TTTS infants more at risk of persistent pulmonary hypertension

Infants with Twin to Twin Transfusion Syndrome (TTTS) have a 10-fold increased risk of developing persistent pulmonary hypertension (PPHN) compared to other monochorionic twins.

By Kate Phillipa Clark

Researchers from the Netherlands* have looked into persistent pulmonary hypertension (PPHN) and whether or not infants with Twin to Twin Transfusion Syndrome (TTTS) are more at risk. Persistent pulmonary hypertension is a disorder that describes the failure of the normal circulatory transition that occurs in a baby’s body after birth. The baby’s blood vessels don’t open up properly around the time of birth and the pressure inside them remains high. The blood flow to the lungs is limited. There isn’t enough oxygen in the bloodstream and the body doesn’t have enough oxygen for the brain and other organs. It’s a serious condition and can be life threatening in severe cases.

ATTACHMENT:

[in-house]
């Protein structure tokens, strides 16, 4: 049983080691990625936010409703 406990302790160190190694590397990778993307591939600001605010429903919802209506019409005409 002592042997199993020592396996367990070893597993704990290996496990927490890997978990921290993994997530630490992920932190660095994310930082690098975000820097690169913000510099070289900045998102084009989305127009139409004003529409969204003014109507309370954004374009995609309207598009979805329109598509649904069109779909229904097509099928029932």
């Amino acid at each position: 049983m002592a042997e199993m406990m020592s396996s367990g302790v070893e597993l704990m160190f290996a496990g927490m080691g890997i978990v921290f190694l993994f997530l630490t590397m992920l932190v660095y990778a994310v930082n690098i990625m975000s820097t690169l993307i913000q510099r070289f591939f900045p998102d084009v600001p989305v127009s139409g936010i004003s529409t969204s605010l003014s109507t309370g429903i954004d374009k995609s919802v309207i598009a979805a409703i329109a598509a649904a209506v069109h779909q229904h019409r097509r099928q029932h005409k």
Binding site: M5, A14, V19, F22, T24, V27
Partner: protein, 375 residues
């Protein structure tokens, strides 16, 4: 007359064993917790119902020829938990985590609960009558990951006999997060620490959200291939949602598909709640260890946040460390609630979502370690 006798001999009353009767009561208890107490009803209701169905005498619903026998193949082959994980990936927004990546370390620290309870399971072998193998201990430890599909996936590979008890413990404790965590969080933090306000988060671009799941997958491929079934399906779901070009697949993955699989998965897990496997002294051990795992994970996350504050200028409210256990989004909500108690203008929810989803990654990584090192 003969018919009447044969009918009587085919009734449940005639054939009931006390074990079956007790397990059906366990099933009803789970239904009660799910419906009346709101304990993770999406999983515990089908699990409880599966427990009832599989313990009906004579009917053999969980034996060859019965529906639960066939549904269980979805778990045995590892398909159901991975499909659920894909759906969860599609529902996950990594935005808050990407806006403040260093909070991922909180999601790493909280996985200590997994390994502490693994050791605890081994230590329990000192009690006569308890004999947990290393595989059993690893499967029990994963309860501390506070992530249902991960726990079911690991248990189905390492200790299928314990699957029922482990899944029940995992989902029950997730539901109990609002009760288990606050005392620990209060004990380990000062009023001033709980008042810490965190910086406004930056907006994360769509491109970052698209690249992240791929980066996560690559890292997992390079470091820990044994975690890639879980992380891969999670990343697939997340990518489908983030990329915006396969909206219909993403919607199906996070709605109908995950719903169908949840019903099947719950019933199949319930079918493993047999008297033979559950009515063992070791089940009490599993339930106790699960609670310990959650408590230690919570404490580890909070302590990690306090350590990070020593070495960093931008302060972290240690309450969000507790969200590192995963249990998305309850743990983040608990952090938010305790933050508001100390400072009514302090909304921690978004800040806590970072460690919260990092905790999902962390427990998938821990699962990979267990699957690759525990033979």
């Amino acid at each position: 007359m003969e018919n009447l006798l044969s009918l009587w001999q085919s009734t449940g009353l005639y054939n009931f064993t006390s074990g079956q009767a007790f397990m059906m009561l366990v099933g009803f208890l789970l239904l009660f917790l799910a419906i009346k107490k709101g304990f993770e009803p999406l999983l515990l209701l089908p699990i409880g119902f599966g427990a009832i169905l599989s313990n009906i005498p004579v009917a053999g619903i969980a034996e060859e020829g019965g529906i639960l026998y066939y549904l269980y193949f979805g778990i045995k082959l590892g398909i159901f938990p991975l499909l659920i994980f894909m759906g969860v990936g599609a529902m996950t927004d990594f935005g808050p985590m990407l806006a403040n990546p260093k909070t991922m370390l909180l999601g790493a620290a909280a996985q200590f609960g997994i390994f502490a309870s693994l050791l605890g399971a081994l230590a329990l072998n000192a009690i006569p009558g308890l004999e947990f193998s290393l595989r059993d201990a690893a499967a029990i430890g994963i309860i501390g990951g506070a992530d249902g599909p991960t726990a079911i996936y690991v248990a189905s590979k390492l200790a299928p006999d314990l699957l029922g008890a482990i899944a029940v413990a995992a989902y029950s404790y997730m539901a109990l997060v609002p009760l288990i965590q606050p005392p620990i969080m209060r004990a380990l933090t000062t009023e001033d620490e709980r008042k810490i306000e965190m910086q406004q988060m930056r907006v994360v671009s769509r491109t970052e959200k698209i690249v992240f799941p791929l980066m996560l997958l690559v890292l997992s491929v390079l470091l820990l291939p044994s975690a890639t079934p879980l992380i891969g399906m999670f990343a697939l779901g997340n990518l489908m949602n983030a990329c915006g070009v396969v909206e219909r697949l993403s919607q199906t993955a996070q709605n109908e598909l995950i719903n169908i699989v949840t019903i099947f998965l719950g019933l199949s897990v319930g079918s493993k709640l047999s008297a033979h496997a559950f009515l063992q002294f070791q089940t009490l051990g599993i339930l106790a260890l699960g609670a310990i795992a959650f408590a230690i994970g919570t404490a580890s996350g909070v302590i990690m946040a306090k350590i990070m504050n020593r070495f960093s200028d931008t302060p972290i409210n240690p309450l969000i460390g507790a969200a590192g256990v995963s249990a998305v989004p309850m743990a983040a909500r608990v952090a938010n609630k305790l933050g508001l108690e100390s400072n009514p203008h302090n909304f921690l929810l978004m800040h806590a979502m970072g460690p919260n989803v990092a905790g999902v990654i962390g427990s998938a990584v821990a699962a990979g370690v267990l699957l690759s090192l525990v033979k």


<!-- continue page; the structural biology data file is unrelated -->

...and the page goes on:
*The study was published in Neonatology.  Read more about the study.

Recipient baby is more at risk

Results of the study showed that 4 percent of TTTS twins experienced persistent pulmonary hypertension. In uncomplicated monochorionic twin pregnancies it was 0,4 percent. This means that – according to this study – TTTS babies have a 10-fold increased risk of getting the disorder. The researchers also found risk factors that increase the likelihood of  persistent pulmonary hypertension. They were severe prematurity and recipient status. This means that recipient babies are more at risk than donor babies. In TTTS recipients, another risk factor is anemia at birth.

Guidelines for the birth of TTTS twins

Severe persistent pulmonary hypertension is difficult to predict and the researchers advise that all TTTS twins are delivered in a tertiary care centre with inhaled nitric oxide (iNO) treatment options. Inhaled nitric oxide treatment is typically administered in the Neonatal Intensive Care Unit using a device that delivers a drug in constant concentrations. The drug widens the opening of blood vessels in the lungs.

 

About the Author

Kate Phillipa Clark

Kate Phillipa Clark has a bachelor in Journalism and an Executive Master in Corporate Communication. She is an identical twin and so is her father.

 

Leave a Reply